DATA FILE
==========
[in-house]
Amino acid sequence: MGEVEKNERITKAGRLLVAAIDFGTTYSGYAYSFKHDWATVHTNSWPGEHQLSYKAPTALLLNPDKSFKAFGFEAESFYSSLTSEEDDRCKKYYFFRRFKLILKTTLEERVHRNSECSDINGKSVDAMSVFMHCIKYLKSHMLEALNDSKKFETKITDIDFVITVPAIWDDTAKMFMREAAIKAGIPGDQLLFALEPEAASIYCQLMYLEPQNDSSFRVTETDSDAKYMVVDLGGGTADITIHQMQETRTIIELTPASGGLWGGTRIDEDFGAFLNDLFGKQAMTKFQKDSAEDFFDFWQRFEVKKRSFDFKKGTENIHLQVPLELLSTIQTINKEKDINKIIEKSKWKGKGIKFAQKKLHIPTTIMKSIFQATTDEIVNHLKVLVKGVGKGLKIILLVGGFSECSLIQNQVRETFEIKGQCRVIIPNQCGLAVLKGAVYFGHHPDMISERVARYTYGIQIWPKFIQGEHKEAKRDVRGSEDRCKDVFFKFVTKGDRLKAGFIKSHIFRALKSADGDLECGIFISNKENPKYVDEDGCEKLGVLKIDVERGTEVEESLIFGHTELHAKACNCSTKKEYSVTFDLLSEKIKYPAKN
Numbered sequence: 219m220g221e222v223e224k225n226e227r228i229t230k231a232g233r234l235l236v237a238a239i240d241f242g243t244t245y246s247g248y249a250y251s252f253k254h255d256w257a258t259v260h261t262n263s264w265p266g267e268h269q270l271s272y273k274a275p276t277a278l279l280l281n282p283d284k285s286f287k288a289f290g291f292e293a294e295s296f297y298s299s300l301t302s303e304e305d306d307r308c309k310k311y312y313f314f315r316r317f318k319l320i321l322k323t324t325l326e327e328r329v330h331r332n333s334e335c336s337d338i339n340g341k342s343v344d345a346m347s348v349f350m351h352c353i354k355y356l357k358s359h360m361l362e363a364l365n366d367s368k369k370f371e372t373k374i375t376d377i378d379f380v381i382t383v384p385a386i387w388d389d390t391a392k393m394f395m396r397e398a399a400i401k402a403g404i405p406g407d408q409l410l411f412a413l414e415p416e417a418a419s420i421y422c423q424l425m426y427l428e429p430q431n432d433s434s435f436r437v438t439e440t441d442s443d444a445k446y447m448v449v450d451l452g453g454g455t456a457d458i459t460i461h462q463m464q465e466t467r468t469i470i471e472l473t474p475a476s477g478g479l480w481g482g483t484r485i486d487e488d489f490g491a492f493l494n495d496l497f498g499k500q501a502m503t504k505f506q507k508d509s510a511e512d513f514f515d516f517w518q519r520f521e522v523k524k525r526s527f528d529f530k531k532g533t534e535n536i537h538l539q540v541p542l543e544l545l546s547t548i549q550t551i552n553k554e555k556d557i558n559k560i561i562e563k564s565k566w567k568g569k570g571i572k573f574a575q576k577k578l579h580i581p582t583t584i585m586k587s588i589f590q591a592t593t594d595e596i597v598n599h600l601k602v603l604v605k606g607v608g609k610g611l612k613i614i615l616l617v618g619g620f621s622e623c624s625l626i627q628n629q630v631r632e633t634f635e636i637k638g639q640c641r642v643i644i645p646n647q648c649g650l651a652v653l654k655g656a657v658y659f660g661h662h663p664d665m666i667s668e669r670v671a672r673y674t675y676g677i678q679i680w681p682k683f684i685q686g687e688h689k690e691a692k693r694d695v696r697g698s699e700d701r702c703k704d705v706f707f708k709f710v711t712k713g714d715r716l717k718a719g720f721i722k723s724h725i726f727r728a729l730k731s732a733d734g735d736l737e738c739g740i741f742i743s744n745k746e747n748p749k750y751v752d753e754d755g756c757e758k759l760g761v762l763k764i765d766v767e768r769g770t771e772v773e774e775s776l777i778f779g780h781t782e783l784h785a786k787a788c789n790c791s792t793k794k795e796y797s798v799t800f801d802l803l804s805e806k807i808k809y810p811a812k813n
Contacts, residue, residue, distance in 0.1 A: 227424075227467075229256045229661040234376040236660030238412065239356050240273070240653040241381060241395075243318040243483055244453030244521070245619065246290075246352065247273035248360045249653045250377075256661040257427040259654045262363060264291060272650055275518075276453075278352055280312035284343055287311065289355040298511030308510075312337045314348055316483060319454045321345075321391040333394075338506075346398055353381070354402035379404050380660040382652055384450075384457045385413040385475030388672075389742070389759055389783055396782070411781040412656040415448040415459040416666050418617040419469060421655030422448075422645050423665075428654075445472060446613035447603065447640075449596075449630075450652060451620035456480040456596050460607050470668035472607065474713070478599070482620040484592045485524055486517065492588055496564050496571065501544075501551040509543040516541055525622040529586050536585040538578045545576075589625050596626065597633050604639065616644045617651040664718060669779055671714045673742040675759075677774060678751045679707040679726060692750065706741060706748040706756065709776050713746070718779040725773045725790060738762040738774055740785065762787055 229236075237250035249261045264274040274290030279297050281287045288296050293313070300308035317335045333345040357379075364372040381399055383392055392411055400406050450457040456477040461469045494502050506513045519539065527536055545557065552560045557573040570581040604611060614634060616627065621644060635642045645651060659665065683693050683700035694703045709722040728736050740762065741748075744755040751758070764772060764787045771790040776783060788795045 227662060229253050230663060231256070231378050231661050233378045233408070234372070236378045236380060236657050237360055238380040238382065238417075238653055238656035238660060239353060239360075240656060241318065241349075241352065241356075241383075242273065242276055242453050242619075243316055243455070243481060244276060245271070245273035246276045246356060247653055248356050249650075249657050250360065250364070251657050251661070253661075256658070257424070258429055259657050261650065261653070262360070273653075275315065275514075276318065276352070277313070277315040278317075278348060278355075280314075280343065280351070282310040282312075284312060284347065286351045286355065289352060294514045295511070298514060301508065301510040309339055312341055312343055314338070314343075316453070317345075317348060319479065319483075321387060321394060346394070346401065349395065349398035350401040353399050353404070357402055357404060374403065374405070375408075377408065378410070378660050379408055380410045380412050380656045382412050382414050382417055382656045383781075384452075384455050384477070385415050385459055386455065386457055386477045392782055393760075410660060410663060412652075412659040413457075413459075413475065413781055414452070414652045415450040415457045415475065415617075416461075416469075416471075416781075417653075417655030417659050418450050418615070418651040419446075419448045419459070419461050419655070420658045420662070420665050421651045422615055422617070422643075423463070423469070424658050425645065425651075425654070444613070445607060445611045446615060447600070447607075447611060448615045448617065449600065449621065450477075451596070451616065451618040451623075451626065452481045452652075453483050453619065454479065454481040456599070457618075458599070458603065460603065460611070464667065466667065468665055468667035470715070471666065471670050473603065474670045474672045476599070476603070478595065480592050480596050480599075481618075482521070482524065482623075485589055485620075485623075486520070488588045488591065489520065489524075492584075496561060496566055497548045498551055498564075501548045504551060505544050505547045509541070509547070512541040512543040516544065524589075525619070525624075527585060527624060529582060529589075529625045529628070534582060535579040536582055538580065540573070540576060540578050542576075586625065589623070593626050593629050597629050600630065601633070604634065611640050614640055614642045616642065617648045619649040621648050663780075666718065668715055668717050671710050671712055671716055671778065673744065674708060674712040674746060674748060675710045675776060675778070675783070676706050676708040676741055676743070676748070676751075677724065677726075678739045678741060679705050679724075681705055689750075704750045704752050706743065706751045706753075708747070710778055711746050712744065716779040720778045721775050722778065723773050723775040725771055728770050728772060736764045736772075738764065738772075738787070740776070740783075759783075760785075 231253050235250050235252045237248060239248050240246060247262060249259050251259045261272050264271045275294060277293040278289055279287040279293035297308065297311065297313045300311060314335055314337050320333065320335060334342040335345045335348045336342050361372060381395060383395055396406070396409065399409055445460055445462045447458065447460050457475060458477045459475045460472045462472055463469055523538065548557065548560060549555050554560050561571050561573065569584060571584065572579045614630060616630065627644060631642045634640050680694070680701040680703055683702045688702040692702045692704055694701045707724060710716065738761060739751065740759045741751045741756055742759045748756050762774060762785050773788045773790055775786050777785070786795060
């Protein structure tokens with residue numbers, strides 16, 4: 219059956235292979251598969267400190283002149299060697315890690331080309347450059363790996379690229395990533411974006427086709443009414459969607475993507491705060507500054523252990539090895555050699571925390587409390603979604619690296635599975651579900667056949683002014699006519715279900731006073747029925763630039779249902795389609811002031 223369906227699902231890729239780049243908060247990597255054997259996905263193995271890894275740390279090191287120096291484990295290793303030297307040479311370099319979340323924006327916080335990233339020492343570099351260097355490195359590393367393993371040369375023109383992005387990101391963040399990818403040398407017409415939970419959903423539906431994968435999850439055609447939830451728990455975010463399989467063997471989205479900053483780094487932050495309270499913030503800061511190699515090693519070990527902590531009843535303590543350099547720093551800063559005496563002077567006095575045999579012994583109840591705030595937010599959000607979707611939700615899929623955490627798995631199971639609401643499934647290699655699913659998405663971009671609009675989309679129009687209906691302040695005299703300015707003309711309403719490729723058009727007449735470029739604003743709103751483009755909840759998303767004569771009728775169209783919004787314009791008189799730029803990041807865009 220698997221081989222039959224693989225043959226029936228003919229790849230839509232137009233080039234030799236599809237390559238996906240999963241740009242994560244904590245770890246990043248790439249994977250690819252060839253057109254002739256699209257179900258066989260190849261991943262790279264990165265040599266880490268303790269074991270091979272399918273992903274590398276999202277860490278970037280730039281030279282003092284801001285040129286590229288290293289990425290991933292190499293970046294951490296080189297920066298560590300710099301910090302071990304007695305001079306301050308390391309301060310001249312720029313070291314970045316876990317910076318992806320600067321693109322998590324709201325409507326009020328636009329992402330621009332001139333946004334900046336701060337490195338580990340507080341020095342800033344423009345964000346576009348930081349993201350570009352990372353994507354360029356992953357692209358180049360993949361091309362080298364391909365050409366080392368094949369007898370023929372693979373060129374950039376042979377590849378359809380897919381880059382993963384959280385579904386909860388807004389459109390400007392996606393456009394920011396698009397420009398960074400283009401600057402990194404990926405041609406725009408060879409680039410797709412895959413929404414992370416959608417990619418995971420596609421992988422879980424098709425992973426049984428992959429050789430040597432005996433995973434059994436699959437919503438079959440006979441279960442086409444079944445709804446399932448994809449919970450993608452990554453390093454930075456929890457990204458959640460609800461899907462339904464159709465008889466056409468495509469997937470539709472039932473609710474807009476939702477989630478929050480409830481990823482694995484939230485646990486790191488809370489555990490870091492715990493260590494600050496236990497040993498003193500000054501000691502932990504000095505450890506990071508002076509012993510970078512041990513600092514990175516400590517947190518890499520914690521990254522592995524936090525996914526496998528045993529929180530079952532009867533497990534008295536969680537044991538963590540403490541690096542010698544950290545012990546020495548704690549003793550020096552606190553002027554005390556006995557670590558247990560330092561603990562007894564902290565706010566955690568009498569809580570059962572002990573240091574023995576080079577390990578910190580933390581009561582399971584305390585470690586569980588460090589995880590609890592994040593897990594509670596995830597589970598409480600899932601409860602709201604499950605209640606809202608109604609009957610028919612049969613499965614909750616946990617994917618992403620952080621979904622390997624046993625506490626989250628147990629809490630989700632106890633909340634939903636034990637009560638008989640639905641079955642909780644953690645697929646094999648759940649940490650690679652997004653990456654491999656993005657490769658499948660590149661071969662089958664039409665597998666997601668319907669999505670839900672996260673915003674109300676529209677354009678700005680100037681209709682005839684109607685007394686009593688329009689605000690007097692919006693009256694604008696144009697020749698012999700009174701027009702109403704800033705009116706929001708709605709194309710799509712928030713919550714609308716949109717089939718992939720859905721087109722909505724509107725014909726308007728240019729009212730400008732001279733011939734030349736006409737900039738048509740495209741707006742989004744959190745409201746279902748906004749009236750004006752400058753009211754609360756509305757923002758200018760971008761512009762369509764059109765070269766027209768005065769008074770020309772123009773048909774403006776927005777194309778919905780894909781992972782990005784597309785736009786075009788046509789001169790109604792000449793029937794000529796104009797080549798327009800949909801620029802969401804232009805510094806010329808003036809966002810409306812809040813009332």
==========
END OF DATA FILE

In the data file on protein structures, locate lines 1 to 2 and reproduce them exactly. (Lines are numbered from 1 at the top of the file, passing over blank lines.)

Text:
[in-house]
Amino acid sequence: MGEVEKNERITKAGRLLVAAIDFGTTYSGYAYSFKHDWATVHTNSWPGEHQLSYKAPTALLLNPDKSFKAFGFEAESFYSSLTSEEDDRCKKYYFFRRFKLILKTTLEERVHRNSECSDINGKSVDAMSVFMHCIKYLKSHMLEALNDSKKFETKITDIDFVITVPAIWDDTAKMFMREAAIKAGIPGDQLLFALEPEAASIYCQLMYLEPQNDSSFRVTETDSDAKYMVVDLGGGTADITIHQMQETRTIIELTPASGGLWGGTRIDEDFGAFLNDLFGKQAMTKFQKDSAEDFFDFWQRFEVKKRSFDFKKGTENIHLQVPLELLSTIQTINKEKDINKIIEKSKWKGKGIKFAQKKLHIPTTIMKSIFQATTDEIVNHLKVLVKGVGKGLKIILLVGGFSECSLIQNQVRETFEIKGQCRVIIPNQCGLAVLKGAVYFGHHPDMISERVARYTYGIQIWPKFIQGEHKEAKRDVRGSEDRCKDVFFKFVTKGDRLKAGFIKSHIFRALKSADGDLECGIFISNKENPKYVDEDGCEKLGVLKIDVERGTEVEESLIFGHTELHAKACNCSTKKEYSVTFDLLSEKIKYPAKN